Explain how some companies can charge $15 for a bus ride that other companies charge $40+ for.
Catching up on old papers a bit tonight. Somehow I missed this little story, about a certain Chinatown bus that caught on fire.
The Chinatown buses are one of the great gambles one can take while living in Boston. They go from Boston to New York City, for $15. By comparison, a Greyhound/Peter Pan bus is around $40 usually, for the same trip.
A rational consumer is left to wonder, How the hell is that possible? There are some small differences---the non-Chinatown buses are a bit cleaner and less crowded. But, most of those small differences exist between the Peter Pan and the Greyhound buses, and those buses cost the same (you don't even know which one you're getting till it rolls up to the station). Peter Pan buses even show movies. So, these small details do not account for the price difference.
Safety seems to be one area where costs can be cut. At least that's the fear. To be fair, I haven't heard of many incidents. But it's always a nagging fear every time I contemplate a Chinatown bus. I've gone with Greyhound in the past mostly for crowd reasons. If you're going to go to NYC at a popular time to go to NYC, you better show up real early and wait in line if you want a seat on the $15 bus.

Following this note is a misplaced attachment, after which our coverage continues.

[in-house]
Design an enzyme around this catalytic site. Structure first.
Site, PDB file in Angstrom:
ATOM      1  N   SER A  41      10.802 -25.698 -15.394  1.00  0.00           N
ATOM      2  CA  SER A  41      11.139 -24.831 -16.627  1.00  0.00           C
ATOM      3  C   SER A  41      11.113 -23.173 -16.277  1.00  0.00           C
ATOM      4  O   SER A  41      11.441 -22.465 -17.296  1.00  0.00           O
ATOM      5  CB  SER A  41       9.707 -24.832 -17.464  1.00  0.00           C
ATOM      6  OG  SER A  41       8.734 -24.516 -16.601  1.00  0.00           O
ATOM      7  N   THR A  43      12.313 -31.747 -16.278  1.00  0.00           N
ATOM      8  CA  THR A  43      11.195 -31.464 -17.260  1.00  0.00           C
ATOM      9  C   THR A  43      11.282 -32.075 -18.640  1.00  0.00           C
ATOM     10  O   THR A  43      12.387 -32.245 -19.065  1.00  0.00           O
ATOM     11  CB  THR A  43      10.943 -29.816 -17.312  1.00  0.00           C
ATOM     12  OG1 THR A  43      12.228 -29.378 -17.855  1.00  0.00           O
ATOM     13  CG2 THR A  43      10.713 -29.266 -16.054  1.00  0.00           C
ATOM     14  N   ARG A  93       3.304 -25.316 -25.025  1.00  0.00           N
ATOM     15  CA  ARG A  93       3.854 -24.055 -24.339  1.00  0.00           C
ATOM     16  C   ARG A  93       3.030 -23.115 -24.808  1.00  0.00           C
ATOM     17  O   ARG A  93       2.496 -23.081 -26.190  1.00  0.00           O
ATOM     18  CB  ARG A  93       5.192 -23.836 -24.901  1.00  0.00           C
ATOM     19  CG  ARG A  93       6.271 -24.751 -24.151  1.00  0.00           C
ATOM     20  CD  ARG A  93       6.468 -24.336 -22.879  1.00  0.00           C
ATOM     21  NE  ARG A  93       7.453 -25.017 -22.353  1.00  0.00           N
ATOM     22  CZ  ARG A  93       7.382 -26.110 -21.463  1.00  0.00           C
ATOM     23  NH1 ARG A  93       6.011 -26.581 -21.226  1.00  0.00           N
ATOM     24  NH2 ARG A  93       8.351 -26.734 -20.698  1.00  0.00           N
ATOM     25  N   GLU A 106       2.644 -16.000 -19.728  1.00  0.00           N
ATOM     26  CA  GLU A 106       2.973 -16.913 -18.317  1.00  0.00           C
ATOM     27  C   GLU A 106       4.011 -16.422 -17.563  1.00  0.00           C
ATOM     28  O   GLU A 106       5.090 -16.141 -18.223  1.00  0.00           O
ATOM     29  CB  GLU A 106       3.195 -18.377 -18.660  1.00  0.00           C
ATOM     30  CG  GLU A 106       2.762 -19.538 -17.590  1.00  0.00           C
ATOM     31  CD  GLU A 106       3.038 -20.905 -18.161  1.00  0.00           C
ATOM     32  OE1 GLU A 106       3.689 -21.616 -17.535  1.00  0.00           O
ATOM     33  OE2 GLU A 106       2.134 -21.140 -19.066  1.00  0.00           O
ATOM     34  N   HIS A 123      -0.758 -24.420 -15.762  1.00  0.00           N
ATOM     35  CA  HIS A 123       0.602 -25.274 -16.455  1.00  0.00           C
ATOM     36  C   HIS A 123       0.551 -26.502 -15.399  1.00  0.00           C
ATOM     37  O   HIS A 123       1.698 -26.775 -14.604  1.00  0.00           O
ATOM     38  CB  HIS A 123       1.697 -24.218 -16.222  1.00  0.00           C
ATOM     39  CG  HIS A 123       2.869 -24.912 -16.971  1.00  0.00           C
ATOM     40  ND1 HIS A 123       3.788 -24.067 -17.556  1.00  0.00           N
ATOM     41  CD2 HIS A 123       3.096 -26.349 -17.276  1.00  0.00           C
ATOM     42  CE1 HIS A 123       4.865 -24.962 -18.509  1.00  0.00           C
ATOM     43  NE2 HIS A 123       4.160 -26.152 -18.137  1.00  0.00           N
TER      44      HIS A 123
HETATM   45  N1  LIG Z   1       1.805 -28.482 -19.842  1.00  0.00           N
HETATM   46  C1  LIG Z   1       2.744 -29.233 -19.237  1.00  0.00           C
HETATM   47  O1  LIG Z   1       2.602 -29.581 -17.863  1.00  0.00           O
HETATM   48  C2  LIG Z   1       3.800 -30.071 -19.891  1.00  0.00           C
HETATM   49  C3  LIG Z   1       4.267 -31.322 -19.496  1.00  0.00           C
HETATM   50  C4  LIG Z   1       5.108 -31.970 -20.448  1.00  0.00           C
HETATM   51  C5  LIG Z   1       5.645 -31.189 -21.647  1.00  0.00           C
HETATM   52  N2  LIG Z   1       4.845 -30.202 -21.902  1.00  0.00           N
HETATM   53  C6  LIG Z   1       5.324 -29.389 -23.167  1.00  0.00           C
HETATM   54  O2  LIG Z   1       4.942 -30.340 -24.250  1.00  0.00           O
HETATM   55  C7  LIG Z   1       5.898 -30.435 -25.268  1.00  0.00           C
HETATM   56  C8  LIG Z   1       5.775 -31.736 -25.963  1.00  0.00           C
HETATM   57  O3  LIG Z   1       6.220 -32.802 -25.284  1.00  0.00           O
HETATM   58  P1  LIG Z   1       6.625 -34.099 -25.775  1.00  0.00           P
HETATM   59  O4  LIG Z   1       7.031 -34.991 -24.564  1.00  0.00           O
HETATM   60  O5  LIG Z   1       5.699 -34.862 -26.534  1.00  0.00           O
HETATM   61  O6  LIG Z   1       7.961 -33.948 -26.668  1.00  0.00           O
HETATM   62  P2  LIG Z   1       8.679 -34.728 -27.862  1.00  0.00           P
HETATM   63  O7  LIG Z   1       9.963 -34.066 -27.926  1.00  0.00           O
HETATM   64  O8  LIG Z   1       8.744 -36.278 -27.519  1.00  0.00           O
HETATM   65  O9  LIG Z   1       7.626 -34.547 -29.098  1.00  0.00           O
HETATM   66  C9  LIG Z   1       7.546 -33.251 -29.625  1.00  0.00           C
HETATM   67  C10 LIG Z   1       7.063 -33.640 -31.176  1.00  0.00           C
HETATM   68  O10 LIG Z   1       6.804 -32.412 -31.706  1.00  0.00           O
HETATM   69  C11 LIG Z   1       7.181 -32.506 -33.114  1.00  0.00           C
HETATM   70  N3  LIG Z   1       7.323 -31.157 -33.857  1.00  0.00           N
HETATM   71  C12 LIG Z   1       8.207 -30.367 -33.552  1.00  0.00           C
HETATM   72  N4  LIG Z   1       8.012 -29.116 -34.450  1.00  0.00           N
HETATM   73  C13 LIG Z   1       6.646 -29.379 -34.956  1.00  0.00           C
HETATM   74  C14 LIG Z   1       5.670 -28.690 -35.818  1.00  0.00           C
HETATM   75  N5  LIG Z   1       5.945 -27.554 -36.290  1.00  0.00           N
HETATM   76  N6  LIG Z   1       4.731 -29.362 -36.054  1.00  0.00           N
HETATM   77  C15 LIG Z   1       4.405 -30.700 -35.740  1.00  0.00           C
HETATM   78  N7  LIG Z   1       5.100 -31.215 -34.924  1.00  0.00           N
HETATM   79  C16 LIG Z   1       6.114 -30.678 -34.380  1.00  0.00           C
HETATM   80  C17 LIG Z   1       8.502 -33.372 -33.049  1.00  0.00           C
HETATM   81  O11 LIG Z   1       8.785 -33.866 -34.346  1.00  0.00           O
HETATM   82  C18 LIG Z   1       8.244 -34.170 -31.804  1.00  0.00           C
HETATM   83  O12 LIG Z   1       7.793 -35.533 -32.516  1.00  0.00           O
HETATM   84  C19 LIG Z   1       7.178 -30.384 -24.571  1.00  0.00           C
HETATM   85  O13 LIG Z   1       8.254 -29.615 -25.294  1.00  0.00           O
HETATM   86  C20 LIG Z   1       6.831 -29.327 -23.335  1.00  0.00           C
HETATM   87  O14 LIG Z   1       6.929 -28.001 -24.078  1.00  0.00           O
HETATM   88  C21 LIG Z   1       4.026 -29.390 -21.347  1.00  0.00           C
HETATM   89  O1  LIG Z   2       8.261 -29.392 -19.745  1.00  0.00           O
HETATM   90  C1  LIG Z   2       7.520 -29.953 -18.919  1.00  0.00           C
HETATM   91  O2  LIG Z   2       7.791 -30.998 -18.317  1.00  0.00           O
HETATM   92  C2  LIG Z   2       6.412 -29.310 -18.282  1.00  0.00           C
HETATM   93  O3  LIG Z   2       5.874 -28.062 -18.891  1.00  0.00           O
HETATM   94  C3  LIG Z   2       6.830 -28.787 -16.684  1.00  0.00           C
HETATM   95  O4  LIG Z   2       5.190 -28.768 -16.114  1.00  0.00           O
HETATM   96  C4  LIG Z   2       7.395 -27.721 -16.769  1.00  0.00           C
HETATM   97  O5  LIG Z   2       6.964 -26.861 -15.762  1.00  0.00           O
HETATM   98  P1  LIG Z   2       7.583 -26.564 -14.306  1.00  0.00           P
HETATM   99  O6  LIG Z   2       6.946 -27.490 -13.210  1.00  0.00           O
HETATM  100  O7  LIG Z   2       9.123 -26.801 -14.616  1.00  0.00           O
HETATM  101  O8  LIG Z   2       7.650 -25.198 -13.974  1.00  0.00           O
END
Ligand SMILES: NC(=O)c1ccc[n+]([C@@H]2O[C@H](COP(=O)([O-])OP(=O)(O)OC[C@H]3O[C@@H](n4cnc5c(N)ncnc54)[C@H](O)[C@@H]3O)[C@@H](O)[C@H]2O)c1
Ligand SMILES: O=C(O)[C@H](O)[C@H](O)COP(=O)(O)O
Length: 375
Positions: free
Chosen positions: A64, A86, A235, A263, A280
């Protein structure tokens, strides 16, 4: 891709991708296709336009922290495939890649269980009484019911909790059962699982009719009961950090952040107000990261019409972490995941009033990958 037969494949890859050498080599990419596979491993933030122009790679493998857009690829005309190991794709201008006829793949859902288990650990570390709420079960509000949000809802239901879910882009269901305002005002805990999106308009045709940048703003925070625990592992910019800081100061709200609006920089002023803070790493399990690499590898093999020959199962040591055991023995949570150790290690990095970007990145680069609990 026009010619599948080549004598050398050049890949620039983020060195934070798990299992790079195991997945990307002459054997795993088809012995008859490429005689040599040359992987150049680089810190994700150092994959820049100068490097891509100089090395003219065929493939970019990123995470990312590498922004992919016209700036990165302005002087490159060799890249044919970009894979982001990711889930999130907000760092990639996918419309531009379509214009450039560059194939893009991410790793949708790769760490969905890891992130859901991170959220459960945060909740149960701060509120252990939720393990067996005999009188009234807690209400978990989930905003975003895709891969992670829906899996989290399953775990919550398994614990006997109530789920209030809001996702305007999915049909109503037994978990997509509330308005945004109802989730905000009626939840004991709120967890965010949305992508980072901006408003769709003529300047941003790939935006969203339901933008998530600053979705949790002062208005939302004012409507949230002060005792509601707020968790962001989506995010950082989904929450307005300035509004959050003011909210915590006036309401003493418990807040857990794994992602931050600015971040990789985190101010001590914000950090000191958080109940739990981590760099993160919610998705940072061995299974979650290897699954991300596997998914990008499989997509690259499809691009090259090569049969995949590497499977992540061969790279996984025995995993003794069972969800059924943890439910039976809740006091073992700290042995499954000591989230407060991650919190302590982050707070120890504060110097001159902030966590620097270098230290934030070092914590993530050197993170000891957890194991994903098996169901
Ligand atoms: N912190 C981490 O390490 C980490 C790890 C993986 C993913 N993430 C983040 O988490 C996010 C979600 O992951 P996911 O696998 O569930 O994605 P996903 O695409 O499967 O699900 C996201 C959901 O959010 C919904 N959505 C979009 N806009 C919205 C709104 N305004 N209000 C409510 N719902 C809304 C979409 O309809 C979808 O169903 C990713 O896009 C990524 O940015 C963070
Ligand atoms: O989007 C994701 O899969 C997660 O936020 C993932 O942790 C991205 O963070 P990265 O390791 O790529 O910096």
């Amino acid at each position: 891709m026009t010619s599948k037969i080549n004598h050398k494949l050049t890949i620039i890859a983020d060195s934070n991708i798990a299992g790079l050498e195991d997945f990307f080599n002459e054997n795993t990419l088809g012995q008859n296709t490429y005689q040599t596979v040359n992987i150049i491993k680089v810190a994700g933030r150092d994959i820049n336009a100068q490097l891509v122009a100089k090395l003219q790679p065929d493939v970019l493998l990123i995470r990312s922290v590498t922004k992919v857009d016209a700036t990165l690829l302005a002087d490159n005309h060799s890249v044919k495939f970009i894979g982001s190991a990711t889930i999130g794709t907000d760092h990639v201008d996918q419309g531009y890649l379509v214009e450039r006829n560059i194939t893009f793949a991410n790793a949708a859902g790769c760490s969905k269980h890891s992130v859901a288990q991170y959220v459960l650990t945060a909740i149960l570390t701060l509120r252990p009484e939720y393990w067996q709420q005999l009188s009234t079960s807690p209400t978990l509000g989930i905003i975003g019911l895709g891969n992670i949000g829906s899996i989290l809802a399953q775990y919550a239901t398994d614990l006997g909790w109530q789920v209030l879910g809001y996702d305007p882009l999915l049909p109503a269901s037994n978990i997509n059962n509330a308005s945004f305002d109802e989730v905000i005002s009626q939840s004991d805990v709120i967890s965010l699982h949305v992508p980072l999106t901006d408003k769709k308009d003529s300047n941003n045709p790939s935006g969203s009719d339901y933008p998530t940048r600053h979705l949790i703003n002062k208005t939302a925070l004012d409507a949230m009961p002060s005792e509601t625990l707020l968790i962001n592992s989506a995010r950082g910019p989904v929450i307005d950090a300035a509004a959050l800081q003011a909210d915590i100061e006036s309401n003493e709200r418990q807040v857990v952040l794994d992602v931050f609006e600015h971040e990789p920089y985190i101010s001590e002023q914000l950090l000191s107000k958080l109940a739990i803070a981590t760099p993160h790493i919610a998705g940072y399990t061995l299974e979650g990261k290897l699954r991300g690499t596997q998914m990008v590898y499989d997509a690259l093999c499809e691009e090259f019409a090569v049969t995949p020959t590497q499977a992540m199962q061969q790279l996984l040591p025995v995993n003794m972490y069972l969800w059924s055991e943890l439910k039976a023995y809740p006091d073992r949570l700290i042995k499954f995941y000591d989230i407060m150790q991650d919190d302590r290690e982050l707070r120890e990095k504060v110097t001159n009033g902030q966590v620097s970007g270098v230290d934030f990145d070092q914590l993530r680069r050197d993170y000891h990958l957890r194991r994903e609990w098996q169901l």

So, on March 18 a Chinatown bus caught on fire on the Mass. Pike. The driver realized it was going to catch on fire---he pulled over and got everyone off the bus before it burst into flames. No one was hurt. Probably, though, some of their shit got burnt. The Globe article also recapped the 2001 crash in Canada of a Chinatown company bus that did kill 4 middle school students.
I've heard some other horror stories, about drivers backing down the expressway after missing the exit, etc. I guess "that bus that caught on fire" will just get filed under the "How the fsck are these buses so cheap?" area of my memory.